The members of Nippon Mirai no To (Tomorrow Party of Japan) agreed Thursday to split the antinuclear party as strife emerged over who should lead it following its meltdown in the Dec. 16 Lower House election.

Nippon Mirai is expected to break into a group led by founder and Shiga Gov. Yukiko Kada, and one led by Ichiro “the destroyer” Ozawa, a political heavyweight known for habitually splitting parties.

The strife began when Kada proposed making Tomoko Abe, formerly of the Social Democratic Party, coleader of Nippon Mirai. But the pro-Ozawa group reportedly demanded that Ozawa be given the post instead.

“We have the same (antinuclear) goal but different ways of pursuing it,” deputy leader Tetsunari Iida told reporters after the meeting at the Diet. “We will continue to seek the goal together.”

Fifteen of the party’s 17 remaining Diet members attended the meeting, and all endorsed the splitup agreement, which was proposed by Vice President Yuko Mori and Iida, according to Mori.

Iida failed to win a seat in the election and remains a non-Diet executive member of the party.

The party’s implosion began Wednesday when another heavyweight, Shizuka Kamei, said he intended to depart, leaving the party. Fifteen of the 17 remaining once belonged to Kokumin no Seikatsu ga Daiichi (People’s Life First), the fledgling party Ozawa formed. They are expected to make another party.

After completing the clerical procedures for the split, Kada and the other leaders will hold a news conference at 6 p.m. Friday in Shiga, Mori said.

On Wednesday, Kada said she tried to reach Ozawa to talk about appointing a coleader but was unable to contact him. Ozawa is known for cutting communications with people to tacitly express disapproval or apply pressure.

“There has been a lot of confusion, and for that I apologize. Politics are about results, and my leadership was insufficient,” Kada said Wednesday in Shiga. “I want to split the party peacefully with Ozawa.”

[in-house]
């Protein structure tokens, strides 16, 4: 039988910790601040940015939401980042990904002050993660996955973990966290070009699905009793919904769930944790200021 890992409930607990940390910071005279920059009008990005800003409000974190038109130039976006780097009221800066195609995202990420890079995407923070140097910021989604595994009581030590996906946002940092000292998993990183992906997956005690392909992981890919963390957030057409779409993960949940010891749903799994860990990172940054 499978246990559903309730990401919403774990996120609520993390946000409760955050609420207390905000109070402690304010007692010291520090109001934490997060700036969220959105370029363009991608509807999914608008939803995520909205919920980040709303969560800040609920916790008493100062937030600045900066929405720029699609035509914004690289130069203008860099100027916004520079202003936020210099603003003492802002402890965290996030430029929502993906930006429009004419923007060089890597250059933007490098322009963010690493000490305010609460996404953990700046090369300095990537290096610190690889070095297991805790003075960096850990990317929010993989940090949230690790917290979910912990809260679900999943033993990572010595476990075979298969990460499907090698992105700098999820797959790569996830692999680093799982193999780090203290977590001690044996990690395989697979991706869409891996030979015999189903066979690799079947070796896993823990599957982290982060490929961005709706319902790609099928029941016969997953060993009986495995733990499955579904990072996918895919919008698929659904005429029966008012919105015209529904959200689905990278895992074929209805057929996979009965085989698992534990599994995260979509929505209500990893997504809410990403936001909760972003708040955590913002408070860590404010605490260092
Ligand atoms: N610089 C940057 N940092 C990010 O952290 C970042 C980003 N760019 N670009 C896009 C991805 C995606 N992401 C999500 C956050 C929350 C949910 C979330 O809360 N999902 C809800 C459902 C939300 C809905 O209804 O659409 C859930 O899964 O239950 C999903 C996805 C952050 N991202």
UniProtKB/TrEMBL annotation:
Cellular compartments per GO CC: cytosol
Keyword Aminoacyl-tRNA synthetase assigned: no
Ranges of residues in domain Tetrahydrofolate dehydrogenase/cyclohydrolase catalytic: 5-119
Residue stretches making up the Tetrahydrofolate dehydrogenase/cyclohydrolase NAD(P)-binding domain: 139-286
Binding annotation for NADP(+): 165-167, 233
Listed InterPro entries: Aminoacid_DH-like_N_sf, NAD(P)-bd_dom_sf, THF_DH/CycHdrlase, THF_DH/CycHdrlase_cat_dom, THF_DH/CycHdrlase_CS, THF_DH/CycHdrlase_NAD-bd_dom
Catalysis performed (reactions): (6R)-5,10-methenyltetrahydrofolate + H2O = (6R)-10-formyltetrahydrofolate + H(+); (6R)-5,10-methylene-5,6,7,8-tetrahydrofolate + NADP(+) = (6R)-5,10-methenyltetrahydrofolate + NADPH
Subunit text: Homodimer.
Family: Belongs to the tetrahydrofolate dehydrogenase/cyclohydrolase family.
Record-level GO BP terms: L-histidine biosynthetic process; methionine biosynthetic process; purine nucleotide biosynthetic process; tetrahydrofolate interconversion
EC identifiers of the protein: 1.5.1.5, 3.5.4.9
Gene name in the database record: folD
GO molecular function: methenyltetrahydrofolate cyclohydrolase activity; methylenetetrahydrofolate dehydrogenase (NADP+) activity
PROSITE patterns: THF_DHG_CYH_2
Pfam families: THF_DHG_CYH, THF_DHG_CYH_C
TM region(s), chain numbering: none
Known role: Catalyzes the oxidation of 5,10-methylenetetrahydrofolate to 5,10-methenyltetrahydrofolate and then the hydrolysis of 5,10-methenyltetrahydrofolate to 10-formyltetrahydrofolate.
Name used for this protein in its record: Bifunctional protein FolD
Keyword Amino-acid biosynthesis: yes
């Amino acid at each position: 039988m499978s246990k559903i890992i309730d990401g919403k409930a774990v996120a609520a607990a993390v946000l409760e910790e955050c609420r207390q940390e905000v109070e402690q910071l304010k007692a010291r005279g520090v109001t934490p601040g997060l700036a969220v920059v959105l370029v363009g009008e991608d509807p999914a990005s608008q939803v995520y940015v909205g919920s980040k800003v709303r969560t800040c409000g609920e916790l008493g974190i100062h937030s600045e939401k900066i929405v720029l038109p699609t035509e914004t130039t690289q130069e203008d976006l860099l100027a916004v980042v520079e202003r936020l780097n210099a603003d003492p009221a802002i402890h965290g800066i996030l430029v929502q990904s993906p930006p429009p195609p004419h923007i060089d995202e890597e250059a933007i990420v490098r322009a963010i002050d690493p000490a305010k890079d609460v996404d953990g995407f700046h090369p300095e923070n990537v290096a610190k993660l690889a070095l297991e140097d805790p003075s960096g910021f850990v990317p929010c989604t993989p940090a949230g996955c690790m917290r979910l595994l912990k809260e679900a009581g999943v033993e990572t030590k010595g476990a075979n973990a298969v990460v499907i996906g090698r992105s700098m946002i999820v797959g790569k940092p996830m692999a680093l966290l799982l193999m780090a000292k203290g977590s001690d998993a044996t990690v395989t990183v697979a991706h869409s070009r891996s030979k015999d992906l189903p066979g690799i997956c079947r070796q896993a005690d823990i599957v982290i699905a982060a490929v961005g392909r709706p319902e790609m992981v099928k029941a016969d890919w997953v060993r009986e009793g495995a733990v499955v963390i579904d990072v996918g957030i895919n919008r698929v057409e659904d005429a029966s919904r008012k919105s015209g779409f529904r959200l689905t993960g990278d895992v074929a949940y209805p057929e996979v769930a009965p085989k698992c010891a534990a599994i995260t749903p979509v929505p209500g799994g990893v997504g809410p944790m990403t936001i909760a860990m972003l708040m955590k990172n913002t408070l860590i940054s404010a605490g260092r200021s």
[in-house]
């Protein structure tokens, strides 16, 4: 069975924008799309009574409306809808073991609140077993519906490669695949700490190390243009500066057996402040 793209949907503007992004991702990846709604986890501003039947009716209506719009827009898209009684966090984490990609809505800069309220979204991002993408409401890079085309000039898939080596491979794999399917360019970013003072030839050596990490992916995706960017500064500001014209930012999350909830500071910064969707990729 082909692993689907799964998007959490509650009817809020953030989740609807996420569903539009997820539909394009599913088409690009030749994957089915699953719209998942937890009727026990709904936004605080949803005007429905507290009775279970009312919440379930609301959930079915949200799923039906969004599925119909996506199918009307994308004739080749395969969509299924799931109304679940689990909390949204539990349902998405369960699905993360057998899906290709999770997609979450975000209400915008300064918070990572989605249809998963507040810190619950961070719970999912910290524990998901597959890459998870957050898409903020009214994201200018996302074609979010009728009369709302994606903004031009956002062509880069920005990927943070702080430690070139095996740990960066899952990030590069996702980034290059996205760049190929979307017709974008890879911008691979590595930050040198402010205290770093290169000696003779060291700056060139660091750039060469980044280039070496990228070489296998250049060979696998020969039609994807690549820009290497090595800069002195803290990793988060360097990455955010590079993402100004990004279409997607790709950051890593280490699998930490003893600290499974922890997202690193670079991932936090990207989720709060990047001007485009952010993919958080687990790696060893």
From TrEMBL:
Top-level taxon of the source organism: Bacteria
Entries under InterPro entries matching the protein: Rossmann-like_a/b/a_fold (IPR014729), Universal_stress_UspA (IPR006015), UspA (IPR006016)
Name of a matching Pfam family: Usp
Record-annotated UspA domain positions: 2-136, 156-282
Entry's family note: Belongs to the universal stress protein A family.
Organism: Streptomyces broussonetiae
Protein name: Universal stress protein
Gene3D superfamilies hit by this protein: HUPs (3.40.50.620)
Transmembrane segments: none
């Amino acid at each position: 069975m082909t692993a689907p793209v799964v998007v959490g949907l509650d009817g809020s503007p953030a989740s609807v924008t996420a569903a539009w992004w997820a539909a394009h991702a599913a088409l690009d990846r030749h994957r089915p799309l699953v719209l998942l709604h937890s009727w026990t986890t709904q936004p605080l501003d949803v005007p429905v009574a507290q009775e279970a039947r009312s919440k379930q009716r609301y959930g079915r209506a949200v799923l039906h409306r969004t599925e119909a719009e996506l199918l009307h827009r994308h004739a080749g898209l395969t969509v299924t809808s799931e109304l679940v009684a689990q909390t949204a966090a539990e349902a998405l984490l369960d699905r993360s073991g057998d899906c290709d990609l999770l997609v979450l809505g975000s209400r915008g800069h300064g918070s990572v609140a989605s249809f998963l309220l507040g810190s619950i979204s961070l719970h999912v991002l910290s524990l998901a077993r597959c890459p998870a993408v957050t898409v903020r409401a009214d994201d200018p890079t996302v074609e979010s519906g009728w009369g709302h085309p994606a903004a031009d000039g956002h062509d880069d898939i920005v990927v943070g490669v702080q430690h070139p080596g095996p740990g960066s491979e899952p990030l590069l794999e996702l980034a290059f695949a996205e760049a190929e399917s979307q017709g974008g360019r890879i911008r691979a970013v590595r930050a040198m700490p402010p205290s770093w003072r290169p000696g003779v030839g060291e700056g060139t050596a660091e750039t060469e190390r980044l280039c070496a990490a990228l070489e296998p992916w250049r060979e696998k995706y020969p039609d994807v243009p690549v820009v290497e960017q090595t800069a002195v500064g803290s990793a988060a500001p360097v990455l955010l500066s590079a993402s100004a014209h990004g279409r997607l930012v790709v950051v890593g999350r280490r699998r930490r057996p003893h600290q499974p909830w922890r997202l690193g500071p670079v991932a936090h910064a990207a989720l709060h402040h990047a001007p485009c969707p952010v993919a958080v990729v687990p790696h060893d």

Nippon Mirai was formed just a month ago on a wave of antinuclear sentiment generated by the Fukushima nuclear crisis. But its battle cry was not viewed as sincere — especially on the part of Ozawa and his followers — but merely a bid to survive the Lower House election after they left the Democratic Party of Japan over the sales tax bill’s passage.

Soon after their July breakup, Ozawa’s group suddenly began calling for the abolition of nuclear plants. As the election approached, those who followed Ozawa, mostly junior Diet members, were considered unlikely to keep their seats.

In the end, Nippon Mirai, which was centered on Ozawa’s group, was nearly wiped out. It lost 85 percent of its 61 seats, ending up with just nine.

Despite the prevailing antinuclear sentiment, the nation’s 3.4 million voters elected just seven of Nippon Mirai’s proportional-representation candidates. The other two survivors, veterans Ozawa and Shizuka Kamei, defended their single-seat districts as usual.

Mori declined comment on the outcome and Kada opted to wait until the Friday’s briefing.

Ozawa, 70, was nicknamed “the destroyer” for his ability to destabilize or split political parties. He has bolted four parties and created five new ones in the course of his career and is on the verge of forming his sixth. One of the parties he formed followed his legendary split from the LDP.

Ozawa deserted the LDP in 1993 after he was passed over as successor to its largest faction. He then formed Shinshinto (New Frontier Party), which became the largest opposition party. The party disbanded in 1997 after being torn apart by an internal struggle that highlighted his dictatorial leadership and poor communication skills.

Ozawa then went on to launch the Liberal Party, which was also split after anti-Ozawa strife. The Democratic Party of Japan agreed to absorb his party in 2003.

But the DPJ eventually fell prey to the very same power struggles as Ozawa and anti-Ozawa lawmakers continued to clash, considerably weakening unity and disappointing its many supporters. This was one of the main reasons why the DPJ was clobbered in the Dec. 16 election.

In the past three decades, Ozawa has always been a central player in the political arena, but his prospects are no longer bright now that his group has been reduced to 15 members.

Six of them are in the Upper House and will face re-election next summer.

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